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J Womens Health (Larchmt). 2011 Feb;20(2):215-23. doi: 10.1089/jwh.2010.1986. Epub 2010 Dec 3.

Selection of treatment among Latina and non-Latina white women with ductal carcinoma in situ.

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  • 1Division of General Internal Medicine, Department of Medicine, University of California San Francisco, San Francisco, California 94143-0856, USA.



The growing rates of ductal carcinoma in situ (DCIS) and evidence that Latinas may underuse breast-conserving surgery (BCS) compared with white women highlight the need to better understand how treatment decisions are made in this understudied group. To help address this gap, this study compared surgery and radiation treatment decision making among white and Spanish-speaking and English-speaking Latina women with DCIS recruited from eight population-based cancer registries from 35 California counties.


Women aged ≥18 who self-identified as Latina or non-Latina white diagnosed with DCIS between 2002 and 2005 were selected from eight California Cancer Registry (CCR) regions and surveyed about their DCIS treatment decision making by telephone approximately 24 months after diagnosis. Survey data were merged with CCR hospital-based records to obtain tumor and treatment data.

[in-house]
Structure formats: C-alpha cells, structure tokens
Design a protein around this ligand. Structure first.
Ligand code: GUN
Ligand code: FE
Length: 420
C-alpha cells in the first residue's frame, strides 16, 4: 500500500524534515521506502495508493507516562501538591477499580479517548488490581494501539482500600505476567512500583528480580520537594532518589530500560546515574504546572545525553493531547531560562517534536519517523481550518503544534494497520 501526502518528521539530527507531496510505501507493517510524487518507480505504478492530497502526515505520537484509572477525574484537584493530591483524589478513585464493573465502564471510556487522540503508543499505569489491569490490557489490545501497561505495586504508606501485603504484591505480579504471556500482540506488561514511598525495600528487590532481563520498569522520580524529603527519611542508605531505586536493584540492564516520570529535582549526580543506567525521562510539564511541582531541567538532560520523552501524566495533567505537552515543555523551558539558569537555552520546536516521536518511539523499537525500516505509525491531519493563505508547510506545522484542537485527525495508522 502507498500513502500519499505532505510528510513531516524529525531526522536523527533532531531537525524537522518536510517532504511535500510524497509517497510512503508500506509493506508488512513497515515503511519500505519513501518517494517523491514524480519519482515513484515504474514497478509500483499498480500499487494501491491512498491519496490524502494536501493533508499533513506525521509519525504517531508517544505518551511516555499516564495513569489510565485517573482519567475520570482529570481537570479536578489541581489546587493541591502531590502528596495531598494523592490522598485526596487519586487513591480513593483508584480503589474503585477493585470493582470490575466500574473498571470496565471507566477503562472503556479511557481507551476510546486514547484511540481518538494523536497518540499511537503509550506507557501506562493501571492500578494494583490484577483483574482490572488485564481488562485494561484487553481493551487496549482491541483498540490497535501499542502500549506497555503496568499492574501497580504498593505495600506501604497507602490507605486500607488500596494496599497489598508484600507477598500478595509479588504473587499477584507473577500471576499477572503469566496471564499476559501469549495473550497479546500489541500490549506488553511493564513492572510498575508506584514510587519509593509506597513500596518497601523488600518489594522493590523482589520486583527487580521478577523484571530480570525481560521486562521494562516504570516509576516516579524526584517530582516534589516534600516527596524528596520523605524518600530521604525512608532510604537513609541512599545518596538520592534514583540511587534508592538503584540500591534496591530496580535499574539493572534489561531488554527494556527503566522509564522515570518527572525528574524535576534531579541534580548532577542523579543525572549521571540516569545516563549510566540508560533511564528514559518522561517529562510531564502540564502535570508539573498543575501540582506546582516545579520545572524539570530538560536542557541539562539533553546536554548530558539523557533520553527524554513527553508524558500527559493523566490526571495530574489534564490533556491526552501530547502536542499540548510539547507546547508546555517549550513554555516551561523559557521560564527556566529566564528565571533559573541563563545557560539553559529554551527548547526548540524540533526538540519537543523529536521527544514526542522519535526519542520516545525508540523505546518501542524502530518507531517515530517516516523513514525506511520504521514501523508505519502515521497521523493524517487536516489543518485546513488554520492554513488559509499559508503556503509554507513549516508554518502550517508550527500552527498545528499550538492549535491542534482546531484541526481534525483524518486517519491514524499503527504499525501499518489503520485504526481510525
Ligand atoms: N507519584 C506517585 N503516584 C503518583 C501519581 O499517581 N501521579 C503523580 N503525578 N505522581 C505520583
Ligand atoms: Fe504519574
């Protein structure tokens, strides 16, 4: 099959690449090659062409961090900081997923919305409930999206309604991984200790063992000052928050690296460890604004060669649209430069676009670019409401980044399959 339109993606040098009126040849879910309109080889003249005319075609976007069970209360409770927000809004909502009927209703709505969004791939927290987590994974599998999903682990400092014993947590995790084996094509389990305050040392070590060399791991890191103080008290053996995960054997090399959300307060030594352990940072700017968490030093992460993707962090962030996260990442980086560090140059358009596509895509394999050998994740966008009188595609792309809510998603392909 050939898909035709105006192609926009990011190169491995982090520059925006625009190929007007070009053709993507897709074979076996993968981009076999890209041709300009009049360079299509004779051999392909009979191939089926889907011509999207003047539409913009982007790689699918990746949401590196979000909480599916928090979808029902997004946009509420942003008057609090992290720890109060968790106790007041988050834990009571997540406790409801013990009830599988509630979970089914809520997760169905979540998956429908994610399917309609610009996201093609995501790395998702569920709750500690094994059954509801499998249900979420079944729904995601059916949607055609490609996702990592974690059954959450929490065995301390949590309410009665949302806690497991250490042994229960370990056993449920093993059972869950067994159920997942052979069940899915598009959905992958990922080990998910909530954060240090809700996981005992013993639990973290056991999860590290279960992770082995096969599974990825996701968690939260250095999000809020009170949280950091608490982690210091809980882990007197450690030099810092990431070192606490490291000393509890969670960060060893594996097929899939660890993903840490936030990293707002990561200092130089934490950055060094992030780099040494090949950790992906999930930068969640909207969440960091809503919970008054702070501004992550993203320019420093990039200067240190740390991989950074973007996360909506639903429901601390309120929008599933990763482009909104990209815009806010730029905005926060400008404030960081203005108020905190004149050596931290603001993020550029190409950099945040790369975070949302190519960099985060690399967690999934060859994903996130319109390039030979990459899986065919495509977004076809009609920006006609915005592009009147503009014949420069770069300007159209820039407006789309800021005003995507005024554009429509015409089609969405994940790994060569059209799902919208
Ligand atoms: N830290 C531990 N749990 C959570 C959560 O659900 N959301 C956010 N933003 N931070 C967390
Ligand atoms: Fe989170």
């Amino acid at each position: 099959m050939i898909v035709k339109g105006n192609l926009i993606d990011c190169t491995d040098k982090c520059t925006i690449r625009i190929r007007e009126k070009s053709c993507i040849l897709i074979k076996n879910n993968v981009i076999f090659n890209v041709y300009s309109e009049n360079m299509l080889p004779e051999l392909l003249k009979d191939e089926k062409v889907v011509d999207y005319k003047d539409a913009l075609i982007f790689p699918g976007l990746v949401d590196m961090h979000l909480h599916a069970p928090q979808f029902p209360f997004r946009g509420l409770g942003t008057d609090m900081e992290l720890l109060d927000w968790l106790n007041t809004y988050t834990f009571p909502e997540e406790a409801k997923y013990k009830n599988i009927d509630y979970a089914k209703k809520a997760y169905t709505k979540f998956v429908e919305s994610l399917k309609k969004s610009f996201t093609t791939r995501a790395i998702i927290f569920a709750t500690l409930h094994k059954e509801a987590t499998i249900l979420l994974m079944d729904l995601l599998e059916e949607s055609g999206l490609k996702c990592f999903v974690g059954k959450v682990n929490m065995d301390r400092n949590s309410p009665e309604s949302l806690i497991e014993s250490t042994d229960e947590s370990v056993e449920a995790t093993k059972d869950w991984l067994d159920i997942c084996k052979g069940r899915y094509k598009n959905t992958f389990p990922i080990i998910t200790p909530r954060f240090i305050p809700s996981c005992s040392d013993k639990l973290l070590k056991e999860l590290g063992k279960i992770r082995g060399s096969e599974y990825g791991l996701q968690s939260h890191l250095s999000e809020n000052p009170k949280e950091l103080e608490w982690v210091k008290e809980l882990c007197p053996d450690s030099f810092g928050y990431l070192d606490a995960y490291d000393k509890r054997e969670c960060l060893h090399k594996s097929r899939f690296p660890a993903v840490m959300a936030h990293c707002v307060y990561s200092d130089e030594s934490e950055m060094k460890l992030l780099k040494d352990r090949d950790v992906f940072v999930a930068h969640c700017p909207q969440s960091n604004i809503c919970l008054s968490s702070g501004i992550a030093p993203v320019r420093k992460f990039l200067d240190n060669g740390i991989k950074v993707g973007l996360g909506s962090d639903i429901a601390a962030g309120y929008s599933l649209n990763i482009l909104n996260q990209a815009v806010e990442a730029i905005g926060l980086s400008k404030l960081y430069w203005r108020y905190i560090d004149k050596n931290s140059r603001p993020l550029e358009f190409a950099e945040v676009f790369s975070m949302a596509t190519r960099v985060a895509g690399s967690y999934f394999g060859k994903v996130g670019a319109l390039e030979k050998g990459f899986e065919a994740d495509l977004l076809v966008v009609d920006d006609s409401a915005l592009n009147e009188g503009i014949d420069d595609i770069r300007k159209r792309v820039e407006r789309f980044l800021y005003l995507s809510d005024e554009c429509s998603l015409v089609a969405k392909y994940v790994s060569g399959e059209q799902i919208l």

Mean age was 57 years. Multivariate analysis indicated no differences by ethnicity or language in the receipt of mastectomy vs. BCS after controlling demographic, health, and personal preferences. English-speaking Latinas were more likely to receive radiation than their Spanish-speaking or white counterparts, controlling for demographic and other factors. Among women receiving BCS, physician recommendation was the strongest predictor of receipt of radiation.


Ethnic disparities in surgical treatment choices after breast cancer diagnosis were not seen in this cohort of women diagnosed with DCIS. Physicians play an essential role in patients' treatment choices for DCIS, particularly for adjuvant radiation.

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